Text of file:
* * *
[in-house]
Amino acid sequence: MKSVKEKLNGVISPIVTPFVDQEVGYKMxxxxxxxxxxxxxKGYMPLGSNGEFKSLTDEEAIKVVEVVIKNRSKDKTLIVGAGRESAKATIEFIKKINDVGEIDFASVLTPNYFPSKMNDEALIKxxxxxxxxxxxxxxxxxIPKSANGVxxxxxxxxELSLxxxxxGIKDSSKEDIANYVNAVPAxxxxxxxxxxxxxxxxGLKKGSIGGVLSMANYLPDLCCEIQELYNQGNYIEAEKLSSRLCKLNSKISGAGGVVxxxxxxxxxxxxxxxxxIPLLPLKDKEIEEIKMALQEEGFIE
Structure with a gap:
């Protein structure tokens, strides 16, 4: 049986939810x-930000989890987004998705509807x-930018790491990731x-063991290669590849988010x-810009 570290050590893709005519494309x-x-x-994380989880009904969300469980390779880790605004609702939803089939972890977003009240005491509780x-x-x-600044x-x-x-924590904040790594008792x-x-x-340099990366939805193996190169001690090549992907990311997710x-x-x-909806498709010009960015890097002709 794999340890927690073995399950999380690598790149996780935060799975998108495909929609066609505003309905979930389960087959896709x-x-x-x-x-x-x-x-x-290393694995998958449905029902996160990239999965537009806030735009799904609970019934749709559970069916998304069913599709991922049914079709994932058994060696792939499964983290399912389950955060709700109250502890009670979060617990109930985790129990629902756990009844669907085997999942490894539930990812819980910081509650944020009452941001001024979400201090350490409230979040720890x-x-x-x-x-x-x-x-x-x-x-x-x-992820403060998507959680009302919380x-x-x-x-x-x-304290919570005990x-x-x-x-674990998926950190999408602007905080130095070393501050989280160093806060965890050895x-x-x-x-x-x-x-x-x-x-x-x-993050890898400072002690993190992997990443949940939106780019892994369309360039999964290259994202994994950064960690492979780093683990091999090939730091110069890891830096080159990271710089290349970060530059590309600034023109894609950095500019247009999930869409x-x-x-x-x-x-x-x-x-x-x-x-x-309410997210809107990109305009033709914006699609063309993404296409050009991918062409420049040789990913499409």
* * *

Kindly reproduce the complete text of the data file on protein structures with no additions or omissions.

[in-house]
Amino acid sequence: MKSVKEKLNGVISPIVTPFVDQEVGYKMxxxxxxxxxxxxxKGYMPLGSNGEFKSLTDEEAIKVVEVVIKNRSKDKTLIVGAGRESAKATIEFIKKINDVGEIDFASVLTPNYFPSKMNDEALIKxxxxxxxxxxxxxxxxxIPKSANGVxxxxxxxxELSLxxxxxGIKDSSKEDIANYVNAVPAxxxxxxxxxxxxxxxxGLKKGSIGGVLSMANYLPDLCCEIQELYNQGNYIEAEKLSSRLCKLNSKISGAGGVVxxxxxxxxxxxxxxxxxIPLLPLKDKEIEEIKMALQEEGFIE
Structure with a gap:
């Protein structure tokens, strides 16, 4: 049986939810x-930000989890987004998705509807x-930018790491990731x-063991290669590849988010x-810009 570290050590893709005519494309x-x-x-994380989880009904969300469980390779880790605004609702939803089939972890977003009240005491509780x-x-x-600044x-x-x-924590904040790594008792x-x-x-340099990366939805193996190169001690090549992907990311997710x-x-x-909806498709010009960015890097002709 794999340890927690073995399950999380690598790149996780935060799975998108495909929609066609505003309905979930389960087959896709x-x-x-x-x-x-x-x-x-290393694995998958449905029902996160990239999965537009806030735009799904609970019934749709559970069916998304069913599709991922049914079709994932058994060696792939499964983290399912389950955060709700109250502890009670979060617990109930985790129990629902756990009844669907085997999942490894539930990812819980910081509650944020009452941001001024979400201090350490409230979040720890x-x-x-x-x-x-x-x-x-x-x-x-x-992820403060998507959680009302919380x-x-x-x-x-x-304290919570005990x-x-x-x-674990998926950190999408602007905080130095070393501050989280160093806060965890050895x-x-x-x-x-x-x-x-x-x-x-x-993050890898400072002690993190992997990443949940939106780019892994369309360039999964290259994202994994950064960690492979780093683990091999090939730091110069890891830096080159990271710089290349970060530059590309600034023109894609950095500019247009999930869409x-x-x-x-x-x-x-x-x-x-x-x-x-309410997210809107990109305009033709914006699609063309993404296409050009991918062409420049040789990913499409």